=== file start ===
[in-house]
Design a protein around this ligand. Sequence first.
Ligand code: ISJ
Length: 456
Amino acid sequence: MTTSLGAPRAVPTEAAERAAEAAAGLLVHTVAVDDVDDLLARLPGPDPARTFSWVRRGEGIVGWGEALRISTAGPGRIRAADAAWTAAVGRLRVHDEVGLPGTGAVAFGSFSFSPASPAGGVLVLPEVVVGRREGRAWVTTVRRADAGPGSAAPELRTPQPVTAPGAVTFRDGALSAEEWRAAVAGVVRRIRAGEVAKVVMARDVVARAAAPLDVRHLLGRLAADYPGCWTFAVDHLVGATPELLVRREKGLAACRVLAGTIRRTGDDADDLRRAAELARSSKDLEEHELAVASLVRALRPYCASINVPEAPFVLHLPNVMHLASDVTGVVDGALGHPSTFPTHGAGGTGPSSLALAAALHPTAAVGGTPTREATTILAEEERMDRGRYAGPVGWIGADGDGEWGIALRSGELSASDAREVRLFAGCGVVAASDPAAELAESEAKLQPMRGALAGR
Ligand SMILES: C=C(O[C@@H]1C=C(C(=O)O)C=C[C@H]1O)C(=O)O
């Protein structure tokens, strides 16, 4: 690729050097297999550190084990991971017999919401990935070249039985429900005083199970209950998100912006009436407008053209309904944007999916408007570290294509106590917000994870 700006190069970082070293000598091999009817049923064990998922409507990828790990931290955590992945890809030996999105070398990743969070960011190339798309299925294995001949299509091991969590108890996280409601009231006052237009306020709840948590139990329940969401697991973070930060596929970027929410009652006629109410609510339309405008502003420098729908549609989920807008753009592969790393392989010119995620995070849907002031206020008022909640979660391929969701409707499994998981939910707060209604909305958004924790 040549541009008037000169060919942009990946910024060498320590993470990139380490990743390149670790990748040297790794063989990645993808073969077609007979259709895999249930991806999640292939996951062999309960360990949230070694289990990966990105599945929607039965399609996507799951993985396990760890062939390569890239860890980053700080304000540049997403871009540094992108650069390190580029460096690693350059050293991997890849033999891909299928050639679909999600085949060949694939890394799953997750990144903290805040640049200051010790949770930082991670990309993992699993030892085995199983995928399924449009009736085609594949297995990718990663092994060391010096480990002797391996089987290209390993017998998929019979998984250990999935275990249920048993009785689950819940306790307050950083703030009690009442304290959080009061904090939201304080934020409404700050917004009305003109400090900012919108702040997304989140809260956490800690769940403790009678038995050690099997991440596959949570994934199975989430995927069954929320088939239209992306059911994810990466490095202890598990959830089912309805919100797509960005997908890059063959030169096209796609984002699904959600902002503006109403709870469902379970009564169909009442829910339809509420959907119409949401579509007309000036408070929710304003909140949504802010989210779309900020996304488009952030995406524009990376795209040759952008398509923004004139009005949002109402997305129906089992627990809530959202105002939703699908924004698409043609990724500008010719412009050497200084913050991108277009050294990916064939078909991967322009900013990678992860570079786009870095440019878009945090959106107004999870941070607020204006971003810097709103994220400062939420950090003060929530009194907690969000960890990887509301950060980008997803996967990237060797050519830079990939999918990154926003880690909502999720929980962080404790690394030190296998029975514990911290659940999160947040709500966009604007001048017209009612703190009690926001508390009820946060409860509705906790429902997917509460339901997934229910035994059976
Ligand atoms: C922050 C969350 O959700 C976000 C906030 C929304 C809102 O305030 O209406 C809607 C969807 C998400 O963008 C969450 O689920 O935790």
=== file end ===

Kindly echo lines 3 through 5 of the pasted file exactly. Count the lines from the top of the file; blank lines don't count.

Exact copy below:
Ligand code: ISJ
Length: 456
Amino acid sequence: MTTSLGAPRAVPTEAAERAAEAAAGLLVHTVAVDDVDDLLARLPGPDPARTFSWVRRGEGIVGWGEALRISTAGPGRIRAADAAWTAAVGRLRVHDEVGLPGTGAVAFGSFSFSPASPAGGVLVLPEVVVGRREGRAWVTTVRRADAGPGSAAPELRTPQPVTAPGAVTFRDGALSAEEWRAAVAGVVRRIRAGEVAKVVMARDVVARAAAPLDVRHLLGRLAADYPGCWTFAVDHLVGATPELLVRREKGLAACRVLAGTIRRTGDDADDLRRAAELARSSKDLEEHELAVASLVRALRPYCASINVPEAPFVLHLPNVMHLASDVTGVVDGALGHPSTFPTHGAGGTGPSSLALAAALHPTAAVGGTPTREATTILAEEERMDRGRYAGPVGWIGADGDGEWGIALRSGELSASDAREVRLFAGCGVVAASDPAAELAESEAKLQPMRGALAGR